When a trash mountain spelt tragedy | Daily News

When a trash mountain spelt tragedy

Residents of the Colombo neighbourhood of Meethotamula had little idea that the urban-waste monster in their backyard would choose the Sinhala and Tamil New Year’s Day to collapse.

No tourist who has ever visited Colombo would associate the word “garbage” with the city. Possibly the cleanest capital city in South Asia, the sea-facing metropolis has for long been setting high benchmarks for the region. That is why last week’s “garbage landslide” near Colombo—when a pile of rubbish collapsed, killing at least 32 people and destroying nearly 150 homes—came as a rude shock.

April 14 began well for residents of Meethotamula, a lower-middle class neighbourhood not far from the Sri Lankan Parliament. They marked the morning of their traditional Sinhala and Tamil New Year’s Day with prayers and temple visits. They had little idea that the urban-waste monster in their backyard would choose that day to collapse. That too, spelling a tragedy of such magnitude. In a matter of hours, the trash pile morphed from a health hazard to a massive death trap.

In the days that followed, the Army sifted layers of rubbish to look for bodies of those who were killed when the 300 feet (90 m) high pile of waste gave way.

Almost a week after the incident, crumbling concrete walls and slabs pop out of the slush, meek under the weight of a garbage mountain. At a nearby camp, survivors are organising funerals for their relatives, including children, who were caught unawares or died trying to help others.

It is not that residents did not draw attention to it earlier. In fact, they had been protesting since 2011, asking civic authorities to clear the dump site. The stench had become unbearable, and their children were often falling sick.

A preventable accident?

Officials almost always responded, saying that a new project was in the pipeline, or that a long-term plan was being drafted. Neither took off. Conservancy agencies continued dumping nearly 800 tonnes of garbage every day at the same spot, the pile only mounting by the day. While the rest of Colombo sparkled, some thousand residents on the city’s northeastern edge were paying the price.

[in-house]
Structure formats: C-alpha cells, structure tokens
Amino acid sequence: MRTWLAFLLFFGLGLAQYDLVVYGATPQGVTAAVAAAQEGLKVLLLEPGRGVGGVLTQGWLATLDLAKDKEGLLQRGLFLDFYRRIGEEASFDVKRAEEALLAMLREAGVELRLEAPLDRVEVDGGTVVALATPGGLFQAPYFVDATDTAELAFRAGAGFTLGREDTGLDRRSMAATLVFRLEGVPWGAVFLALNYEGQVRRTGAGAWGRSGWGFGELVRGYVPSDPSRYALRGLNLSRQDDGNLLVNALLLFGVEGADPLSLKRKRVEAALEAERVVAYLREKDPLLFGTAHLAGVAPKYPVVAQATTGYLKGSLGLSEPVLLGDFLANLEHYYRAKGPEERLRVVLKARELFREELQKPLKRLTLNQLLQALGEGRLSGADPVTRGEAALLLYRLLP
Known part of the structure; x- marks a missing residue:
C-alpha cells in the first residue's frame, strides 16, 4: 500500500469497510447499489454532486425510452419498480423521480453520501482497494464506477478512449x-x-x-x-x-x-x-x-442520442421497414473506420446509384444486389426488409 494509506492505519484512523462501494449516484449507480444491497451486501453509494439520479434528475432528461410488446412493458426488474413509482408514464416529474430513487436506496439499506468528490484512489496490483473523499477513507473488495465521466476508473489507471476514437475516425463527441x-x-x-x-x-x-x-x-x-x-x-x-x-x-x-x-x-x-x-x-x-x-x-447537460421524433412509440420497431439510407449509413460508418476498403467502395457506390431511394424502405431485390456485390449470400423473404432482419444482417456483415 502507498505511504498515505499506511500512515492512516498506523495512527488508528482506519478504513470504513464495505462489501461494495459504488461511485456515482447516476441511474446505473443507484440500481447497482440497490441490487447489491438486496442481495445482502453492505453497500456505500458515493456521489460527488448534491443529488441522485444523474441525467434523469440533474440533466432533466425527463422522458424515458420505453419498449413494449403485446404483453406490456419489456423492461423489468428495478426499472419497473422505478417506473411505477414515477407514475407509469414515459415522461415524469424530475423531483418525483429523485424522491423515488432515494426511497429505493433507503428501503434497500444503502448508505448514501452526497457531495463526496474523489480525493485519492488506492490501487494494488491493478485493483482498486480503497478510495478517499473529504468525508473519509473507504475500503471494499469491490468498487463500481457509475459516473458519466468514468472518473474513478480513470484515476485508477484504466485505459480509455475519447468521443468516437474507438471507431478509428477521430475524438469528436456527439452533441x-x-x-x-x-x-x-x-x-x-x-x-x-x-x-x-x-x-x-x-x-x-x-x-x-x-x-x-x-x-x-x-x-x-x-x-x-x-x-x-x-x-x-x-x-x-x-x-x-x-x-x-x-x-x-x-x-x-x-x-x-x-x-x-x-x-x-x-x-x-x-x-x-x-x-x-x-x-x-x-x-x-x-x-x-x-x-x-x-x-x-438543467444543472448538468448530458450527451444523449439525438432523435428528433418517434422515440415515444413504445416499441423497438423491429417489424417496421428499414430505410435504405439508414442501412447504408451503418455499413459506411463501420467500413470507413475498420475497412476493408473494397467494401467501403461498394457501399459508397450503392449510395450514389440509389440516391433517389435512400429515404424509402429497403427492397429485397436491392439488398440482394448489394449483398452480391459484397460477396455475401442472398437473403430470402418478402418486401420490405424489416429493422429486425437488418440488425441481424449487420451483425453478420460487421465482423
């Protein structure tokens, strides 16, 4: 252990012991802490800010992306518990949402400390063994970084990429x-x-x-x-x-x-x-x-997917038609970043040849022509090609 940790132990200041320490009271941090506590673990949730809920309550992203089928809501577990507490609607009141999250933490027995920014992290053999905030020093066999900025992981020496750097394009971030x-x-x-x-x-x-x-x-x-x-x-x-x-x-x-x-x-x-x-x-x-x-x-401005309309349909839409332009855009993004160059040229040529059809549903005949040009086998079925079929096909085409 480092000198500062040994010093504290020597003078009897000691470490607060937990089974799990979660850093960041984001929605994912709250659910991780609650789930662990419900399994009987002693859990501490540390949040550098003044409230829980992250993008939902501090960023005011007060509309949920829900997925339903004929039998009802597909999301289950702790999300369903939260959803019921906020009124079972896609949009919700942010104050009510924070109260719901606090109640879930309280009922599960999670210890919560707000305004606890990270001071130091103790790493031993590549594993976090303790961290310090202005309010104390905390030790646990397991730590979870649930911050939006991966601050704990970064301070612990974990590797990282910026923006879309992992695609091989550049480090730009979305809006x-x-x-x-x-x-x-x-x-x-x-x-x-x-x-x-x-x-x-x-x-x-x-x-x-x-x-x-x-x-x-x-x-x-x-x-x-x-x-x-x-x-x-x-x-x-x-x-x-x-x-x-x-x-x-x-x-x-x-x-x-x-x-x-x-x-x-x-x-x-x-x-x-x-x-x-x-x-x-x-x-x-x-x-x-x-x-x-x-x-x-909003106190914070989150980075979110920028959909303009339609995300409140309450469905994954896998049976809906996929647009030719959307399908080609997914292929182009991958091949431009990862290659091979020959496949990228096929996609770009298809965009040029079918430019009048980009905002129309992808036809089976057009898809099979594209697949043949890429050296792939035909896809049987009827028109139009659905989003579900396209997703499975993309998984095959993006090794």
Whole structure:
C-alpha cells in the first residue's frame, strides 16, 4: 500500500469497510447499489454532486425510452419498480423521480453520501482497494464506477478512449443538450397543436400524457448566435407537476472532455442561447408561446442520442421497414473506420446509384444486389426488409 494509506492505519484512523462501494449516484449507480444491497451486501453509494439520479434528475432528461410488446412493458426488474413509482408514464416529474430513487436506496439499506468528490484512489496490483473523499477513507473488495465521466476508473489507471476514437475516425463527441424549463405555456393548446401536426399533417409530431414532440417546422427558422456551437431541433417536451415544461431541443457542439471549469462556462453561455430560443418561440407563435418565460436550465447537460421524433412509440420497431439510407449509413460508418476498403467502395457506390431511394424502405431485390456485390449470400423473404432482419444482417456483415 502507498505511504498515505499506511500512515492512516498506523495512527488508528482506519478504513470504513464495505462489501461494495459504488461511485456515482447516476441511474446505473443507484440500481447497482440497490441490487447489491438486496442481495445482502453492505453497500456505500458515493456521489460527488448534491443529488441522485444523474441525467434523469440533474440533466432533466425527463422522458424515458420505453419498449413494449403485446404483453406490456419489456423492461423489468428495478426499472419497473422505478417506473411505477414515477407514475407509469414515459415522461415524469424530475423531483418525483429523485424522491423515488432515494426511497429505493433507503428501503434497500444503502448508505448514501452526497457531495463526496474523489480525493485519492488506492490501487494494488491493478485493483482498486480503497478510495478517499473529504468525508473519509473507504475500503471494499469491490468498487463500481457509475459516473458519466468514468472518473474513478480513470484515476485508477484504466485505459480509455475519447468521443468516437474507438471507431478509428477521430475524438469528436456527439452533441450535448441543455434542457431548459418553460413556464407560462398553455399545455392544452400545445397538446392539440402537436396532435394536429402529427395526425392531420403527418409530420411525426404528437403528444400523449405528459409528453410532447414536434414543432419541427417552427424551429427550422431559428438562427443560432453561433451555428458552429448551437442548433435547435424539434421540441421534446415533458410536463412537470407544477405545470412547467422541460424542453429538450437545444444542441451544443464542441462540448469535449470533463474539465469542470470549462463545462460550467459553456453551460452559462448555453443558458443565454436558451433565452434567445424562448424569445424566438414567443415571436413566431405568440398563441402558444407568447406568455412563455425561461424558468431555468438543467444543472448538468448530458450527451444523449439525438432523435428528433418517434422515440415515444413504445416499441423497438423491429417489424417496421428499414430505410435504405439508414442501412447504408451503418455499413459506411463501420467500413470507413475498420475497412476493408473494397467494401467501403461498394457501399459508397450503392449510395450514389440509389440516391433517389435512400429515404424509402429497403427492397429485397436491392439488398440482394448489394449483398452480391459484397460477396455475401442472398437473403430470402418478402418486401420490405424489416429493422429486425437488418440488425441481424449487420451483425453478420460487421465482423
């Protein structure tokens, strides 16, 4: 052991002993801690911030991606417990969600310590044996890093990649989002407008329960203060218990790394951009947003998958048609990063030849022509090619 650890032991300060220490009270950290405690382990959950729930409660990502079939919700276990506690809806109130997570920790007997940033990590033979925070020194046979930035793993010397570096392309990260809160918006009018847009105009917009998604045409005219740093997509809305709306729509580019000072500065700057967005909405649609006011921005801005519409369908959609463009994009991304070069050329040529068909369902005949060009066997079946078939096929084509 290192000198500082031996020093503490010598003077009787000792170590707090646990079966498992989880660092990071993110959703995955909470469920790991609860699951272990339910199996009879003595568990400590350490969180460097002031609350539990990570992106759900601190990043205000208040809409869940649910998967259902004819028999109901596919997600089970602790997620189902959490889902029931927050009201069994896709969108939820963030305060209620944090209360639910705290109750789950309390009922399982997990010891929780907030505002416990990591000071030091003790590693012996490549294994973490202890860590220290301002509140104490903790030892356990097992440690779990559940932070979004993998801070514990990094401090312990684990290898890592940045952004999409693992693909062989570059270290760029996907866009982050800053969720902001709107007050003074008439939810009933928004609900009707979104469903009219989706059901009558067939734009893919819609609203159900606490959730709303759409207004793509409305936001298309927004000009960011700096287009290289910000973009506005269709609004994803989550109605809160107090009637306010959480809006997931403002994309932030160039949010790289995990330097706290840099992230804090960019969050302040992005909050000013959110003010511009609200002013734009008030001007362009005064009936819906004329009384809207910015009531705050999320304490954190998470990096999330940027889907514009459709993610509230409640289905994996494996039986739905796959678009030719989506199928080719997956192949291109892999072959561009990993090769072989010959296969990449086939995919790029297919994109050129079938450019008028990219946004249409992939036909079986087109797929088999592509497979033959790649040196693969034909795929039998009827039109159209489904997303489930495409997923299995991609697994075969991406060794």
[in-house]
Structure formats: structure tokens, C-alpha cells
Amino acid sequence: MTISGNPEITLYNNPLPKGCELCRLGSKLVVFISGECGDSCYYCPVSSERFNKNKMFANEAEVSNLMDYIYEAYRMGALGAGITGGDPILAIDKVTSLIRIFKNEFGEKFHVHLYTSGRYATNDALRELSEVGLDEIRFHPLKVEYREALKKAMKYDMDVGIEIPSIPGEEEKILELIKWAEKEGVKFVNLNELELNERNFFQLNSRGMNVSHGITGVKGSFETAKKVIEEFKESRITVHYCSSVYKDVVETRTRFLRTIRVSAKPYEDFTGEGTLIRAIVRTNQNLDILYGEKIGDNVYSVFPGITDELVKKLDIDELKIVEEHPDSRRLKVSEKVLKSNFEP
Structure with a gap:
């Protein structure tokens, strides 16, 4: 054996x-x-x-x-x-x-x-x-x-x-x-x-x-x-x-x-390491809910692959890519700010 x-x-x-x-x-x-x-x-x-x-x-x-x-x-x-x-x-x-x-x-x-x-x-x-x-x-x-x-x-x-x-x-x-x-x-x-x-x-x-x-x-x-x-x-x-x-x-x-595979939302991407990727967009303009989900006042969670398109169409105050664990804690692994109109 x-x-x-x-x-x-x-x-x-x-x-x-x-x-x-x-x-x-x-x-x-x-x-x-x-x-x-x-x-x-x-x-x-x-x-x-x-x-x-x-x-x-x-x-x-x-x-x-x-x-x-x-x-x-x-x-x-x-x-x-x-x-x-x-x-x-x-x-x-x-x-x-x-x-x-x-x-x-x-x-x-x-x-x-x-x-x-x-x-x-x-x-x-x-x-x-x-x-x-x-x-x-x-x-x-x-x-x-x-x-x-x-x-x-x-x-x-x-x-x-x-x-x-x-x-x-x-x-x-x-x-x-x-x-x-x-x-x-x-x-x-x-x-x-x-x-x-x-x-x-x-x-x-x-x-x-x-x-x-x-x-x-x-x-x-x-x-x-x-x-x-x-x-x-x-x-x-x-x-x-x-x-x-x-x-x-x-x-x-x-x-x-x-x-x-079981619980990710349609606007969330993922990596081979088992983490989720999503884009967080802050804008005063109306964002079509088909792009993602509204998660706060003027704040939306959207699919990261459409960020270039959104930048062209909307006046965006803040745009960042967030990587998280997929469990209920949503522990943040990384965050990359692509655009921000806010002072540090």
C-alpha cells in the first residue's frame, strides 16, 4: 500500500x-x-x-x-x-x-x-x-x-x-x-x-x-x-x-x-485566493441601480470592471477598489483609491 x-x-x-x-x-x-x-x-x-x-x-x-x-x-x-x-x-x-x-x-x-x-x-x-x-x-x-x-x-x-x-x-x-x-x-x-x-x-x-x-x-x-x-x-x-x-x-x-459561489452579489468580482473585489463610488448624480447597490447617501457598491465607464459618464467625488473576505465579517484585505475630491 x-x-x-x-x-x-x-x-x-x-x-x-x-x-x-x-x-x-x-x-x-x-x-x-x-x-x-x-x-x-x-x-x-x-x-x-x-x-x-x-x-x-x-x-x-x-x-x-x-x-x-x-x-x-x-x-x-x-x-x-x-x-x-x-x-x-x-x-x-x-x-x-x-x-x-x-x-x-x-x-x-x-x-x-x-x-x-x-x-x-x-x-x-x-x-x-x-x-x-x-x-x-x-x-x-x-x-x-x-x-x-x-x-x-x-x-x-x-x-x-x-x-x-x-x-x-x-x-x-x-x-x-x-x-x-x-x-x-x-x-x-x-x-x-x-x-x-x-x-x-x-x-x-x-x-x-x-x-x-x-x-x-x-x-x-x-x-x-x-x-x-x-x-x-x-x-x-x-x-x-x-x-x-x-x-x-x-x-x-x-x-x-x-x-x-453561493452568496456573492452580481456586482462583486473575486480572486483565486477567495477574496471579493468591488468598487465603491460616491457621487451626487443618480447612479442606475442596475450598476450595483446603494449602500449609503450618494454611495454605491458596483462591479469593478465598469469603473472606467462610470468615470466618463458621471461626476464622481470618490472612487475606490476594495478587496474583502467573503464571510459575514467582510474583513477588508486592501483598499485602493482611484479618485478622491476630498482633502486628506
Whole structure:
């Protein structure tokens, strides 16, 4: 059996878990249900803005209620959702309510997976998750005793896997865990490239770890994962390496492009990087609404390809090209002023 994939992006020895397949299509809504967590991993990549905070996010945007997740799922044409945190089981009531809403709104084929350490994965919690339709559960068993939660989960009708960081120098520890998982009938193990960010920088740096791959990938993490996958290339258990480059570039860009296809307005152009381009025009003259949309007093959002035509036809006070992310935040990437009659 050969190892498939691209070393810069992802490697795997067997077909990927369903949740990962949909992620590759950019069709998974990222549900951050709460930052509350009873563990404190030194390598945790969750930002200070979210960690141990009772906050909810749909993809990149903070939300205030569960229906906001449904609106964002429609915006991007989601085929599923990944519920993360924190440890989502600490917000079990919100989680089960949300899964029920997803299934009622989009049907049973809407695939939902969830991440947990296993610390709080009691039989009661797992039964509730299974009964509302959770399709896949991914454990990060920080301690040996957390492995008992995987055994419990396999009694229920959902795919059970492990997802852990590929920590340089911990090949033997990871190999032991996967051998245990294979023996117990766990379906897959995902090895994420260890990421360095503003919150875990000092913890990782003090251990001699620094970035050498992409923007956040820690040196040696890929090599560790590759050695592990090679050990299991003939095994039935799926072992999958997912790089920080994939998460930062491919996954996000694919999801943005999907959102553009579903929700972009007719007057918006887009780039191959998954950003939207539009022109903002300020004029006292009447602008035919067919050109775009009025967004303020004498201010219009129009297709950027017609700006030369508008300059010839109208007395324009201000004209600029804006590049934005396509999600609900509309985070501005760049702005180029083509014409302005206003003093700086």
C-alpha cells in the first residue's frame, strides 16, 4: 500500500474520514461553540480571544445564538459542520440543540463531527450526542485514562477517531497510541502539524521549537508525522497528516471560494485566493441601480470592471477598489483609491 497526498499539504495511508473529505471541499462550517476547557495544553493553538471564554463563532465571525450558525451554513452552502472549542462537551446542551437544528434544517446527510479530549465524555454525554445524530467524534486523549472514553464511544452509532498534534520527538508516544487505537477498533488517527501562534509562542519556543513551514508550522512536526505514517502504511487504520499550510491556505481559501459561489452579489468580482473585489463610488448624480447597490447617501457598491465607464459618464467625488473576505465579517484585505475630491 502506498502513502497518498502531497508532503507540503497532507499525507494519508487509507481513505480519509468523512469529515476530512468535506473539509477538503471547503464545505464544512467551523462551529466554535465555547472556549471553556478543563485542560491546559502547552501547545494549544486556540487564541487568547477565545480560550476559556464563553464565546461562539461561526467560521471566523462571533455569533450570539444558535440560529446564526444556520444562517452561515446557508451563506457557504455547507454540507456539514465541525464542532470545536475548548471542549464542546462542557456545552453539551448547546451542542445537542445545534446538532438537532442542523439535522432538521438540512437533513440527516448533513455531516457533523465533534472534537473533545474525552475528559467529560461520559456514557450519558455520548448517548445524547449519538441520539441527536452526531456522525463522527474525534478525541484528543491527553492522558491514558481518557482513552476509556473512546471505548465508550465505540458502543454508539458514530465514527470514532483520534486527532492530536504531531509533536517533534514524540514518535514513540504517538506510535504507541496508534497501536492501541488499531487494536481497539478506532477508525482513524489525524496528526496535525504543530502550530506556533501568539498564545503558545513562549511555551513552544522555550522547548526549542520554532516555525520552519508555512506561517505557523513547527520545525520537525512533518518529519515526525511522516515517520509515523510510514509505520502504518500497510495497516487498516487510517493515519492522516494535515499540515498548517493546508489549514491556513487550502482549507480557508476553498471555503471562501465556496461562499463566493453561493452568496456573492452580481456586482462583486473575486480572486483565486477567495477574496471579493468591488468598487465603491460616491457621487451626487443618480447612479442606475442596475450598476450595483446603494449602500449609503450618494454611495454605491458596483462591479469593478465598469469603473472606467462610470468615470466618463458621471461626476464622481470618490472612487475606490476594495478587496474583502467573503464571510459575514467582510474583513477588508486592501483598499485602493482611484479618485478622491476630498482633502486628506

Leaders, past and present, have only been quick to point fingers in the other direction. Former President Mahinda Rajapaksa, whose brother and then Secretary to the Ministry of Defence Gotabhaya Rajapaksa, led the urban development authority, tweeted saying the tragedy was preventable. He pointed to his government’s 2014 plan for solid waste management, which he accused the successor government of ignoring.

While President Maithripala Sirisena and Prime Minister Ranil Wickremesinghe have assured residents of full support and compensation for relocation, some others in power have attributed the disaster to the failure of their predecessor government.

Now, a week after the incident and amidst a blame game played by politicians, Colombo looks and smells different. Piles of garbage stand unattended around street corners and shopping zones, choking the areas with the odour of perishing food waste and persistent plastic.

The government and its civic agencies are suddenly faced with a very basic question—where do we dump the city’s waste? Everywhere the conservancy vehicles go to empty the city’s garbage, residents are erupting in protest.

In all probability, Colombo’s posher neighbourhoods will be the first to return to their cleaner days. Residents will continue segregating waste at source, as per the practice introduced by the government some months ago. But where will their waste head to this time? 

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